William Eubank Hacks "a Little Magic" Into a Classical SciFi With The Signal


William Eubank is very social...with his media. The people milling around the press tour for his film, The Signal, are comparing the instagrams they took with the writer/director. These social butterflies are mostly publicists, people who’ve been photo-bombed by bigger names (Ted Danson and Tom Hanks come up a lot), but Eubank conjures excitement and that’s news indeed. He feels, they suggest, like a discovery.

Eubank’s feature debut, Love, never got a theatrical release but you can find it on Amazon instant—while you’re there you can find the soundtrack by his old pals Angels and Airwaves. A classically built science fiction film, Love was shot in a space station Eubank built in his parent’s backyard. This production story sounds like a white plastic version of James Cameron’s pitch to direct Aliens. (Hollywood lore says Cameron crafted the alien “mother” out of garbage bags and broom handles.) Regardless, there’s something romantic about the ingenuity and self confidence this story seems to reveal—what bird whispered such far flung ideas in his ear? Maybe it wasn’t a bird at all.

Eubanks affection for traditional science fiction is evident in The Signal, which comports itself like a high-speed update to the “man vs. society” speculative films so popular in the 1970s. “I secretly want people to leave the theater asking if it was an origin story. ‘Was that the birth of something?’ I like movies that get to a trope or an idea in a round about way.”

In the film, coeds Nic and Jonah are driving their friend Haley from MIT to Cal Poly. They conclude the hacker who recently infiltrated MIT servers is sending his signal from somewhere in Nevada and so hijack the road trip to find him. Nic’s been expecting the end to his relationship with Haley since the accident that left him permanently handicapped. Now that she’s taking an offer to go to school across the country, he’s distancing himself. Eubank says, “Honestly the story is about dashed dreams. You lead your life believing it’s going to work one way and then it doesn’t. Young love is a real limiter that way. I remember the first girl I really cared about. I was like “this is everything to me,” and the fear of losing that was so gnarly. Our character is trying to make a logical decision based on that fear.”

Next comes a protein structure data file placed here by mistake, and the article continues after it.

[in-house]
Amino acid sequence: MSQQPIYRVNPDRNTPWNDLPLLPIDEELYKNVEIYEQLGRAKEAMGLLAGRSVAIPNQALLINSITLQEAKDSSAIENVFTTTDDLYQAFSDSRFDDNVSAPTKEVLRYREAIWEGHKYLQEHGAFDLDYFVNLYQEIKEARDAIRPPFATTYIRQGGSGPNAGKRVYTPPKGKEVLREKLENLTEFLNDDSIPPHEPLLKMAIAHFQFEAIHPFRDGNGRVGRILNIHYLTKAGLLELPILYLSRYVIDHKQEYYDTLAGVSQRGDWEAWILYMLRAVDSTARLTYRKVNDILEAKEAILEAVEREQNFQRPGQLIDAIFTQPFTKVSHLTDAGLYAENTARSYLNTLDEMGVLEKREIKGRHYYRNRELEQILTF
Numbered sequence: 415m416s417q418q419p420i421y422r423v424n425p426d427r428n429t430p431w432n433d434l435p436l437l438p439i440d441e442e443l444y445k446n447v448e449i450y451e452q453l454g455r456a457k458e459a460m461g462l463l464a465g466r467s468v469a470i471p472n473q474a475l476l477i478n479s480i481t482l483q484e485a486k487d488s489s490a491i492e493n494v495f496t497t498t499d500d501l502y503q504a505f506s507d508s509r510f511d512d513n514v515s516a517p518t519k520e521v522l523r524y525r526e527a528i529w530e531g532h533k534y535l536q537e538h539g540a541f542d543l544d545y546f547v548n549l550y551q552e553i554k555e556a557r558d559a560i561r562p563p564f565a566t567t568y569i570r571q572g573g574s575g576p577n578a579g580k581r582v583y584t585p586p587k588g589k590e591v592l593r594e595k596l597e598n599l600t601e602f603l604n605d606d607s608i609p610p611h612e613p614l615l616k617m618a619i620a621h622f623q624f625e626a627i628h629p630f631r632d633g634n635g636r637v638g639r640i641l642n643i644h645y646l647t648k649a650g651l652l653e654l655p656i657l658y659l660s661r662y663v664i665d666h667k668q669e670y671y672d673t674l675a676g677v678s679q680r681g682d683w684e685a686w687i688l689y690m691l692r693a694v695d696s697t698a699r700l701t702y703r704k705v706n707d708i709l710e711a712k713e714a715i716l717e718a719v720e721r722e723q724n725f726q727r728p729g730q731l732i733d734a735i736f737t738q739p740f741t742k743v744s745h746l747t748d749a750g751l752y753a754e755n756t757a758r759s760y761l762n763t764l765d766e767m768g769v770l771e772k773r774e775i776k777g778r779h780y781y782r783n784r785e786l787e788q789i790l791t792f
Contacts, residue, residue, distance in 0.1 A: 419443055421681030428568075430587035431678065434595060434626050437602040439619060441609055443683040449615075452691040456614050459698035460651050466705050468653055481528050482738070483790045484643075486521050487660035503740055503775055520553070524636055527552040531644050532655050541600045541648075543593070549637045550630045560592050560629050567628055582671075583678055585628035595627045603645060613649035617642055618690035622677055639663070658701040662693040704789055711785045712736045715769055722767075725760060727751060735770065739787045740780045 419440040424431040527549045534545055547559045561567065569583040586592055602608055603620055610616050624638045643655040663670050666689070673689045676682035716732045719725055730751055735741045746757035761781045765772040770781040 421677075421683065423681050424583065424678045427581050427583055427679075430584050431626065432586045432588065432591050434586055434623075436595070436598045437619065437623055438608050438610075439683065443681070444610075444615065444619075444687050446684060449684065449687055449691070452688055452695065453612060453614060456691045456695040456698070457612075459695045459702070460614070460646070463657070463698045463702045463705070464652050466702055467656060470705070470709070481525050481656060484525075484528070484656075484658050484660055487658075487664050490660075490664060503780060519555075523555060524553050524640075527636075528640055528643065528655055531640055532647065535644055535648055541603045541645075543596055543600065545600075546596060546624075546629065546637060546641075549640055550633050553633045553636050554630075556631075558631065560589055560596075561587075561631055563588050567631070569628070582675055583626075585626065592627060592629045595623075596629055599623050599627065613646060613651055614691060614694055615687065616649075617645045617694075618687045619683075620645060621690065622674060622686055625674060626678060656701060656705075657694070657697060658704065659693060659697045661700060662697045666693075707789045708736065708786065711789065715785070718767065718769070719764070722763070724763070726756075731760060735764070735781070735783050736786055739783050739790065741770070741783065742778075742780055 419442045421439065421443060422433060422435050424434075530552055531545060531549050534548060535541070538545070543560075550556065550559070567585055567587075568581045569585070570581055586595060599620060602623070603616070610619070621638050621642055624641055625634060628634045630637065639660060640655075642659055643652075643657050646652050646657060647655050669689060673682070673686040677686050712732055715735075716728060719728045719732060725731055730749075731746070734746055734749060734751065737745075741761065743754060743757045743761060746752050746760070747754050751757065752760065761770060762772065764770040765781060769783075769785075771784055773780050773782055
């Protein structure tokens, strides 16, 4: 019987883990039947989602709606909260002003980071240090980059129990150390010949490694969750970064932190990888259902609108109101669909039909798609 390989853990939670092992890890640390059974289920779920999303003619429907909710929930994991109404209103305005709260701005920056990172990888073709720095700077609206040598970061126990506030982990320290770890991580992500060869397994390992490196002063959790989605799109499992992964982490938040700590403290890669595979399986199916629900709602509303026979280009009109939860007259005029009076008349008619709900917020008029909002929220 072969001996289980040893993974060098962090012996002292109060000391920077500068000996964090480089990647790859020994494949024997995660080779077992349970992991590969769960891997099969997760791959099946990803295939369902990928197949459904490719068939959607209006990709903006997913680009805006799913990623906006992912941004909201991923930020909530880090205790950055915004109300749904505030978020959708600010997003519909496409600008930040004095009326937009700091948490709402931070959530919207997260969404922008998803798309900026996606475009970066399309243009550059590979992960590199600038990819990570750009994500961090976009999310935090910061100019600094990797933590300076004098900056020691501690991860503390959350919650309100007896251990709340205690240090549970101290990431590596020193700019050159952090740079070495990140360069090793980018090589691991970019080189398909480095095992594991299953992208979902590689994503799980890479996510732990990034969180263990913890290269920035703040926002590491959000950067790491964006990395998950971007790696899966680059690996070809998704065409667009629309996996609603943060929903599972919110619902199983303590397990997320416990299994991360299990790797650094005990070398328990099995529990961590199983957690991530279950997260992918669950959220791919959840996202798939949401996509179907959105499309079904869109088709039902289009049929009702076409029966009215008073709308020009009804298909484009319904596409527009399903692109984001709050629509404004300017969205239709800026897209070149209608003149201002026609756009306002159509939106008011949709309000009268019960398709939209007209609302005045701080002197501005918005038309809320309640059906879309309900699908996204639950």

With the exception of Laurence Fishburne, (as Dr. Damon), Eubank cast unknowns who promise not to stay that way. Beau Knapp (Jonah), the child actor who played Breen in Super 8 is unrecognizable here; you’ll see him in five films coming out this year, among them the star studded You’re Not You. British actress Olivia Cooke just starred alongside Richard Harris in exorcist horror The Quiet Ones and has a recurring part in the popular A&E series Bates Motel. The star is Aussie heartthrob Brenton Thwaites, whom the world met as Prince Phillip in Disney’s mega-production Maleficent just two weeks before he’s Nic, the recently handicapped MIT genius and would-be missing link.